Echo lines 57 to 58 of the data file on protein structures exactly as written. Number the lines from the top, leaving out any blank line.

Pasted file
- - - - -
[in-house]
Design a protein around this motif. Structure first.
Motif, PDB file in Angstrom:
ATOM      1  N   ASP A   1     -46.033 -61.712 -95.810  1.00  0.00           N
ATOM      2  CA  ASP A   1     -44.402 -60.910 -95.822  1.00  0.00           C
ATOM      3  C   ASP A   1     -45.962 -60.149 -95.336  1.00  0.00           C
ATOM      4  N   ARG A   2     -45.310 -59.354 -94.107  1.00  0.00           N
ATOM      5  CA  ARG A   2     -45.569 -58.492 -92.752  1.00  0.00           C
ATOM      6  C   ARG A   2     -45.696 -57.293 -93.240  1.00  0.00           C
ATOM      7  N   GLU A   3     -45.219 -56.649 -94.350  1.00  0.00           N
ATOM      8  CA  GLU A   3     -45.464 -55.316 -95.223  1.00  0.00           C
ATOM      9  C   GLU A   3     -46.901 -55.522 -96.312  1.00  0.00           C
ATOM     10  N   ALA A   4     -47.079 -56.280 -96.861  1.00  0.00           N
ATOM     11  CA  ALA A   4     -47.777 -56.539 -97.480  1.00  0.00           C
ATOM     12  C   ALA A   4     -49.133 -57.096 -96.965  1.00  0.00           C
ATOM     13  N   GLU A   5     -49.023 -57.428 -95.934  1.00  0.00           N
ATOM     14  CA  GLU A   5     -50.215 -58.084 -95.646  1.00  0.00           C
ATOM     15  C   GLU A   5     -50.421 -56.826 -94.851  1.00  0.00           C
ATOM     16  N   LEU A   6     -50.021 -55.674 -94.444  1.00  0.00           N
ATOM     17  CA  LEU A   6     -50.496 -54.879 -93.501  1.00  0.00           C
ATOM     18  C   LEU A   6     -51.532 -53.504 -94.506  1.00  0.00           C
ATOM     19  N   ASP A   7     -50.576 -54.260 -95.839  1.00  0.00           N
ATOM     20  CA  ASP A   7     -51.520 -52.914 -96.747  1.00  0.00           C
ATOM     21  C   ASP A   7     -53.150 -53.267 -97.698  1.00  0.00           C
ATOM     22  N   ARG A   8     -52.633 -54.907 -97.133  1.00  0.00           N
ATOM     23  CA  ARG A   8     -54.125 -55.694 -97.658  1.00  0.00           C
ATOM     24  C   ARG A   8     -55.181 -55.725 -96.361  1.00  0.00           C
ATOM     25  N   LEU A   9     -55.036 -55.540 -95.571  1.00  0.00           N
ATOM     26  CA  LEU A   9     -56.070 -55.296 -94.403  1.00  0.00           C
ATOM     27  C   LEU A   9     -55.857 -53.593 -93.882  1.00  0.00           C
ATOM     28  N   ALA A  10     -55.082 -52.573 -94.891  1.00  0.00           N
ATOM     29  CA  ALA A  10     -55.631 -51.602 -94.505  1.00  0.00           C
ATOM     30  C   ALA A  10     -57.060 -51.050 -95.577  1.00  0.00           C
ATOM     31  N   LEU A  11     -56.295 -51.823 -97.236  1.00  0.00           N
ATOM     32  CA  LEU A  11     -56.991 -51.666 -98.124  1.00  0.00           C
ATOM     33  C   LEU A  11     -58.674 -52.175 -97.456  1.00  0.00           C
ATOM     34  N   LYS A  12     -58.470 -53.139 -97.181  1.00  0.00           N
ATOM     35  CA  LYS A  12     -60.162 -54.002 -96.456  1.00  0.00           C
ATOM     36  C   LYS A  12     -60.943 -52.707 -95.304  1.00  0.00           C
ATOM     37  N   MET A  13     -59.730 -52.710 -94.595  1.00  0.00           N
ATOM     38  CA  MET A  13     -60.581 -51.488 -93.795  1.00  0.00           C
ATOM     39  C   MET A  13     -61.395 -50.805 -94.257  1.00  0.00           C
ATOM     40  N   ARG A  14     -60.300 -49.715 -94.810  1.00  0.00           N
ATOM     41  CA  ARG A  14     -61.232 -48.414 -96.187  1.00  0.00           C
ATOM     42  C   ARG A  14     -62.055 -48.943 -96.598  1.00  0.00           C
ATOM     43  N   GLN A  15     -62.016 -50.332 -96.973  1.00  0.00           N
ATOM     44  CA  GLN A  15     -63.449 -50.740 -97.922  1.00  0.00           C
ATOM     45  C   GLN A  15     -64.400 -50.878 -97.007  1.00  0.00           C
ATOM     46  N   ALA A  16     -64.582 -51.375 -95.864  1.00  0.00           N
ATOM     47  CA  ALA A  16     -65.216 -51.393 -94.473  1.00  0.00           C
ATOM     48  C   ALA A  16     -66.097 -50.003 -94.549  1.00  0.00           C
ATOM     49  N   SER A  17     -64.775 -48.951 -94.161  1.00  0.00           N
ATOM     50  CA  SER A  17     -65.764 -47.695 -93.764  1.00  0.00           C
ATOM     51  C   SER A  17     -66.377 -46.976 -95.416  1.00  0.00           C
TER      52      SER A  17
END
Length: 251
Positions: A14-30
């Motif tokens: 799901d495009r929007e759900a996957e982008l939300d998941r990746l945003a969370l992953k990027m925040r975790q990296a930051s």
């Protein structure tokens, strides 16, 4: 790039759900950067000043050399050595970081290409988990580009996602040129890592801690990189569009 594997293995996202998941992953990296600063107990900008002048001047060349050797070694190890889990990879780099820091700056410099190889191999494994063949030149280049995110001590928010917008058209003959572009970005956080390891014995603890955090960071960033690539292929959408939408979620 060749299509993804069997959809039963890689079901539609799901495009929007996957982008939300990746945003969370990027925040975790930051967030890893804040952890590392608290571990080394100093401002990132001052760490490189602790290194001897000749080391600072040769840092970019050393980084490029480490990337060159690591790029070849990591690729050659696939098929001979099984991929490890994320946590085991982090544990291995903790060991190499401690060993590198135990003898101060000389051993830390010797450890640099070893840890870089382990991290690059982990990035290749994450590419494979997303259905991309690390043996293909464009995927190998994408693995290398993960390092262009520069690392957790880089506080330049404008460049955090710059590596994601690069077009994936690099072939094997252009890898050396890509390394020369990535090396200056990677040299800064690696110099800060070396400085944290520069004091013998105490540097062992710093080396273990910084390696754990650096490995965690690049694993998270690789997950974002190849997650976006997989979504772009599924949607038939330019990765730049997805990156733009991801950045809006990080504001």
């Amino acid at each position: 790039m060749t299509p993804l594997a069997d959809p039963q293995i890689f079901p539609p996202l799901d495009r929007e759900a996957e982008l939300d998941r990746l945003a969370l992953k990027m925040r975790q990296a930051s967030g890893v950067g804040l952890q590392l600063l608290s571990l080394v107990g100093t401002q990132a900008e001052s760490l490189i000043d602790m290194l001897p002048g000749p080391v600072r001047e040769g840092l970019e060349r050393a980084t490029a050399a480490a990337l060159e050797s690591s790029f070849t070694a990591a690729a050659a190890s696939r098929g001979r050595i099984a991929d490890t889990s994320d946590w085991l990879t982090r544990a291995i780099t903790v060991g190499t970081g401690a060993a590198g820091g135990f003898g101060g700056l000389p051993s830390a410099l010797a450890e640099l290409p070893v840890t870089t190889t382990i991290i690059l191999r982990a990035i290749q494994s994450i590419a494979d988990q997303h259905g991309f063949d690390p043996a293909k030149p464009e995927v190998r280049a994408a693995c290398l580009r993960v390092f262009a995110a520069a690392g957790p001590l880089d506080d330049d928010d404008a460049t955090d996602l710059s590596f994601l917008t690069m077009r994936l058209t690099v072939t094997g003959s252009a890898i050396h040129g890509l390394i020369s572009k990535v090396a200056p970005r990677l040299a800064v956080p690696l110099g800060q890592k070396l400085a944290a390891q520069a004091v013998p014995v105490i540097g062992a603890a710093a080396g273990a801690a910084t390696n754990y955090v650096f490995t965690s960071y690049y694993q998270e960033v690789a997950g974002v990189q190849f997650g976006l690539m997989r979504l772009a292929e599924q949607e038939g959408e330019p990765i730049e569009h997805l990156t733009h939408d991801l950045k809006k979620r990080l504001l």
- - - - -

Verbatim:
Length: 251
Positions: A14-30